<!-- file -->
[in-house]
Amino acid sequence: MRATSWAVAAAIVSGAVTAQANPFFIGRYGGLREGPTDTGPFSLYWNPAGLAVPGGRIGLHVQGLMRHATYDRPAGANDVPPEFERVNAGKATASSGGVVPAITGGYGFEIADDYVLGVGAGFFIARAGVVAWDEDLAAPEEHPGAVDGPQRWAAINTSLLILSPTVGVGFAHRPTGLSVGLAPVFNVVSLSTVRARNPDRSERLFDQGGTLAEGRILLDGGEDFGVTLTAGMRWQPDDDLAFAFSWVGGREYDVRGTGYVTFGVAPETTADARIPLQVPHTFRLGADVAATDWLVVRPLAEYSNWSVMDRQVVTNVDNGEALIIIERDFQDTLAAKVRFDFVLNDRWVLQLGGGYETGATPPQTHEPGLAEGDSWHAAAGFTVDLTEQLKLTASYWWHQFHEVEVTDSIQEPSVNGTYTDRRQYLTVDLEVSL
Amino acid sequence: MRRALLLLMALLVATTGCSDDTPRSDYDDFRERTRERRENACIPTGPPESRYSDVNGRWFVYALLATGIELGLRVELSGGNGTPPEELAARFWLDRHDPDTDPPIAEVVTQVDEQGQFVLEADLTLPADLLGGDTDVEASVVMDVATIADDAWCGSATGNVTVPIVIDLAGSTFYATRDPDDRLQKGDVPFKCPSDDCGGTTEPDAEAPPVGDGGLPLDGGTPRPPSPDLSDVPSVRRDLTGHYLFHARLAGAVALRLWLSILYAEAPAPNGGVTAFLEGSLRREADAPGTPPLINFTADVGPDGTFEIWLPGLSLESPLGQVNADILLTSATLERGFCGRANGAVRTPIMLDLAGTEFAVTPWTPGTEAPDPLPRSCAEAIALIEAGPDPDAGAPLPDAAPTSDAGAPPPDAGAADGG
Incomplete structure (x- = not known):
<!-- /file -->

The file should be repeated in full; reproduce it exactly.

[in-house]
Amino acid sequence: MRATSWAVAAAIVSGAVTAQANPFFIGRYGGLREGPTDTGPFSLYWNPAGLAVPGGRIGLHVQGLMRHATYDRPAGANDVPPEFERVNAGKATASSGGVVPAITGGYGFEIADDYVLGVGAGFFIARAGVVAWDEDLAAPEEHPGAVDGPQRWAAINTSLLILSPTVGVGFAHRPTGLSVGLAPVFNVVSLSTVRARNPDRSERLFDQGGTLAEGRILLDGGEDFGVTLTAGMRWQPDDDLAFAFSWVGGREYDVRGTGYVTFGVAPETTADARIPLQVPHTFRLGADVAATDWLVVRPLAEYSNWSVMDRQVVTNVDNGEALIIIERDFQDTLAAKVRFDFVLNDRWVLQLGGGYETGATPPQTHEPGLAEGDSWHAAAGFTVDLTEQLKLTASYWWHQFHEVEVTDSIQEPSVNGTYTDRRQYLTVDLEVSL
Amino acid sequence: MRRALLLLMALLVATTGCSDDTPRSDYDDFRERTRERRENACIPTGPPESRYSDVNGRWFVYALLATGIELGLRVELSGGNGTPPEELAARFWLDRHDPDTDPPIAEVVTQVDEQGQFVLEADLTLPADLLGGDTDVEASVVMDVATIADDAWCGSATGNVTVPIVIDLAGSTFYATRDPDDRLQKGDVPFKCPSDDCGGTTEPDAEAPPVGDGGLPLDGGTPRPPSPDLSDVPSVRRDLTGHYLFHARLAGAVALRLWLSILYAEAPAPNGGVTAFLEGSLRREADAPGTPPLINFTADVGPDGTFEIWLPGLSLESPLGQVNADILLTSATLERGFCGRANGAVRTPIMLDLAGTEFAVTPWTPGTEAPDPLPRSCAEAIALIEAGPDPDAGAPLPDAAPTSDAGAPPPDAGAADGG
Incomplete structure (x- = not known):